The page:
Such a case can be seen in the case of Pūhoro STEM Academy (Parahi, 2019) a learning support structure for Māori students which has been successful by many measures, but has a hard time receiving funding due to a perceived lack of efficiency and validity. This is despite it’s potential to address the sometimes large gap between cohorts of Māori students’ results and other students (Page 2008, Collins 2019). In fact another recent public discussion in New Zealand highlights that decisions regarding the funding of Māori centered educational systems are further disadvantaged by the gap between Māori students and their peers (Gerritsen, 2019) – seemingly penalising them for both the result and the cause of the inequality. What this emphasises is how these low results have become an obstacle to improvement, due to questions of efficiency, creating a cycle of administrative evil as less and less access to funding is given.

Cultural ‘border crossing’

Modern education systems in most settler nations are built around western systems. Indigenous forms of knowledge can be and are sometimes introduced to these – but typically in a supporting role, within the overall structures and frameworks of European schooling. This can be seen in the earlier example of the Pūhoro STEM Academy (Parahi, 2019), which is a support system present within a more mainstream system that  is western in both nature and design.

What this means is that Māori students, and particularly those who grow up with Te Ao Māori  as the basis for their way of being in the world, have to move from one system of learning to another, or be at a major disadvantage. In short they have to undergo a sort of cultural border crossing (Aikenhead 1996).

This is allowed to occur as the systems we have in place have become taken for granted as the most efficient form of educating the largest amounts of people. This relates to two characteristics of administrative evil, as proposed by Adams & Balfour (2014). The first is that the system has become taken for granted and as such has become seen as ‘natural’ rather than as a flawed institution. The second is a utilitarian logic that essentially condones a “small” evil (in the disadvantaging of Māori) to support a “greater good” (efficiently educating the largest amounts of people possible) (Balfour., et al., 2014).


When you look at the way that modern educational institutions are structured, it becomes clear that certain methods of learning are prioritized within mainstream schooling, due both to a racist history of belief in the superiority of European thought as well as the distinctive characteristic of rationalism  in the bureaucratic systems that deliver and evaluate it.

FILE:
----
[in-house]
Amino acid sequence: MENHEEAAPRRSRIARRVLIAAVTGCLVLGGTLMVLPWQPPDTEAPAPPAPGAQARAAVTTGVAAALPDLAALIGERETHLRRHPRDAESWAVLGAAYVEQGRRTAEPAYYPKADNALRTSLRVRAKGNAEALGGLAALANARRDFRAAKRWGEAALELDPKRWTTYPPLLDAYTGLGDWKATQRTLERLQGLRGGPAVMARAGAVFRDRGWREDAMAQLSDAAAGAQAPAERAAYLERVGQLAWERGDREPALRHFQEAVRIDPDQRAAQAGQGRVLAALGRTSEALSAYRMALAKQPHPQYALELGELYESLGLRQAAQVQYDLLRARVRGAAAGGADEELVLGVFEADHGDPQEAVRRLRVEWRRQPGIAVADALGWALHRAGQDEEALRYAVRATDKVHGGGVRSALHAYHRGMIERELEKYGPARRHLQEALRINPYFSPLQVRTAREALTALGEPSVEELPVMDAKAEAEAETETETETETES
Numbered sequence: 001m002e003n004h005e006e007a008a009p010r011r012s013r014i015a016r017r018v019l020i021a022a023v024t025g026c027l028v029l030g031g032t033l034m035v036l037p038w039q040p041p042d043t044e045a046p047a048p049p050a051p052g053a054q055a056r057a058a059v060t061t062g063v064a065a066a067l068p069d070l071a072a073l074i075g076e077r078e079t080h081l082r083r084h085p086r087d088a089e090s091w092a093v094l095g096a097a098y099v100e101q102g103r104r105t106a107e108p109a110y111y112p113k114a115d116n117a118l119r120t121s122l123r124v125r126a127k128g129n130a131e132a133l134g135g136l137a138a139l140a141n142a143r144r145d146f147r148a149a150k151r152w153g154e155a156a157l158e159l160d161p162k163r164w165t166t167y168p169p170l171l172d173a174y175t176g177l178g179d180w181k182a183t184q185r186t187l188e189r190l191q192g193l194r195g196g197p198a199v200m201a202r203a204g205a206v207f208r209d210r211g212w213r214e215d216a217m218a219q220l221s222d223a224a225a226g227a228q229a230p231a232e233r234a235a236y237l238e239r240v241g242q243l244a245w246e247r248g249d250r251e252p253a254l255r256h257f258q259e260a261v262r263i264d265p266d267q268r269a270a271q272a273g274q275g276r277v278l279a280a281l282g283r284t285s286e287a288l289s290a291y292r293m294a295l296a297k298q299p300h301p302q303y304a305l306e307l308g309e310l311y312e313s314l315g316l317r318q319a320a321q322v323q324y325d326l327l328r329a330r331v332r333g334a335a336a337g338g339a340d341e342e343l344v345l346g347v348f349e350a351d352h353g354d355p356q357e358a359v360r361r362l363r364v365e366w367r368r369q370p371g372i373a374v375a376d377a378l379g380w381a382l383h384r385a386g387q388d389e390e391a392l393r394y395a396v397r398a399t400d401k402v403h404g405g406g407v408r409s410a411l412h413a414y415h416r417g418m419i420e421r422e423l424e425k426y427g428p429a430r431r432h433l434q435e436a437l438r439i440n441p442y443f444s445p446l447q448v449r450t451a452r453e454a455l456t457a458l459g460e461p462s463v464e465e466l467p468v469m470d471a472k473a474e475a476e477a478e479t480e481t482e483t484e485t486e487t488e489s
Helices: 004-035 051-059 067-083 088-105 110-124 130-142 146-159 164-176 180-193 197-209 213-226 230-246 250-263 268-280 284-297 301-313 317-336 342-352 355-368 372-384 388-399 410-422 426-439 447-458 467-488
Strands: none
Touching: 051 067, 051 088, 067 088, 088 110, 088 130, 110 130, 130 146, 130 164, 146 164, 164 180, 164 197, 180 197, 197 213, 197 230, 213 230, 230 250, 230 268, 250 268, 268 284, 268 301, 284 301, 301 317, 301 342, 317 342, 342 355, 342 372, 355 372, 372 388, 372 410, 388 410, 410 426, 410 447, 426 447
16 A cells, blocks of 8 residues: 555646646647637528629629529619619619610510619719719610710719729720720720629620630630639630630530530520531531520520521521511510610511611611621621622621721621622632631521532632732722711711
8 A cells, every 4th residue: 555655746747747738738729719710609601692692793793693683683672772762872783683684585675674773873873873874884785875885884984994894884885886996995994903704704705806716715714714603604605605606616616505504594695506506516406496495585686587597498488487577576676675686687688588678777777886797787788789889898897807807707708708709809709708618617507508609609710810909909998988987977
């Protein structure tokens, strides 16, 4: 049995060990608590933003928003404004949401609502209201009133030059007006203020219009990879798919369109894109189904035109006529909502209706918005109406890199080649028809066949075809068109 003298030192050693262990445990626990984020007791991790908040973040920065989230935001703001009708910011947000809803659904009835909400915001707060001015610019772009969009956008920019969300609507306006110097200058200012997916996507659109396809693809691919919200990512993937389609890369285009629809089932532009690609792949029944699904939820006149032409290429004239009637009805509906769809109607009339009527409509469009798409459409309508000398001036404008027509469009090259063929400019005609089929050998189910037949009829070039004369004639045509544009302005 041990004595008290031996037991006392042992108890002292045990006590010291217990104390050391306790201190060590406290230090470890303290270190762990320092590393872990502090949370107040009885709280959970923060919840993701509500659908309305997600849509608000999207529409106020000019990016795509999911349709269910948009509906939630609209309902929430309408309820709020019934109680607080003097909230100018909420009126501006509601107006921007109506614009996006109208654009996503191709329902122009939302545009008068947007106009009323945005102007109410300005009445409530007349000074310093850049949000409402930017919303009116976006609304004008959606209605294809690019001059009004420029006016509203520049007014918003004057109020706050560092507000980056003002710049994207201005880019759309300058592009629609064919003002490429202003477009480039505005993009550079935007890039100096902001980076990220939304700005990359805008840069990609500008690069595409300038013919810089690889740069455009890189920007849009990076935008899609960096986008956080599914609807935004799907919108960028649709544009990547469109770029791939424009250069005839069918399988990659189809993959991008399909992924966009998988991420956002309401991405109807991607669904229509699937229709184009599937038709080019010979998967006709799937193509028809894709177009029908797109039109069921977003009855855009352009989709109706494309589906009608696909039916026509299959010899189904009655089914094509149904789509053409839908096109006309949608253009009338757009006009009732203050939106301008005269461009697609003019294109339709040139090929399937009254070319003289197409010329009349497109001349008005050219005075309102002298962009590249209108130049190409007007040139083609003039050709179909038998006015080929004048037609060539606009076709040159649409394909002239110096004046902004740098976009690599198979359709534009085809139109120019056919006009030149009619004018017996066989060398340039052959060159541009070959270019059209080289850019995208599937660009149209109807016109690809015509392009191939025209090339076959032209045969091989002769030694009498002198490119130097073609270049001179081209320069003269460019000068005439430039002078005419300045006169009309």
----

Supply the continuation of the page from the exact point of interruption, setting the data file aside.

This can be seen in the way Māori education is managed in contemporary New Zealand. The emphasis on outcomes for the majority, the basis of funding decisions on these outcomes, and the placement of indigenous ways of knowing and learning as ‘supplementary’ or ‘supporting’ to the standardised western systems… all of this connects to the idea of ‘taking for granted’ the natural and beneficial nature of these systems.

In practice this means either accepting, or simply not thinking to question, the ‘small’ evils of disadvantaged Māori students, against the ‘greater’ gain of the majority. For all of these reasons, mainstream schooling in New Zealand is a fitting example of administrative evil as it can function, insidiously, in contemporary post-colonial nation.


  • Aikenhead, G.S., 1996. Science education: Border crossing into the subculture of science.
  • Wang, Q. and Leichtman, M.D., 2000
  • Page, R., 2008. Variation in storytelling style amongst New Zealand schoolchildren. Narrative Inquiry, 18(1), pp.152-179
  • Balfour, D.L., Adams, G. and Nickels, A., 2014. Unmasking administrative evil. Routledge pg 3-22.
  • Gerritsen, J., 2019. RNZ, New Zealand retrieved from:
  • Collins, S., 2019. New Zealand Herald. New Zealand., retrieved from:
  • Parahi, C., 2019. Stuff., New Zealand., retrieved from:



Easy Words: An Open Letter to Critic

Dear Critic – Te Arohi – Student Magazine,

Title image from the Critic article [25th Feb 2019]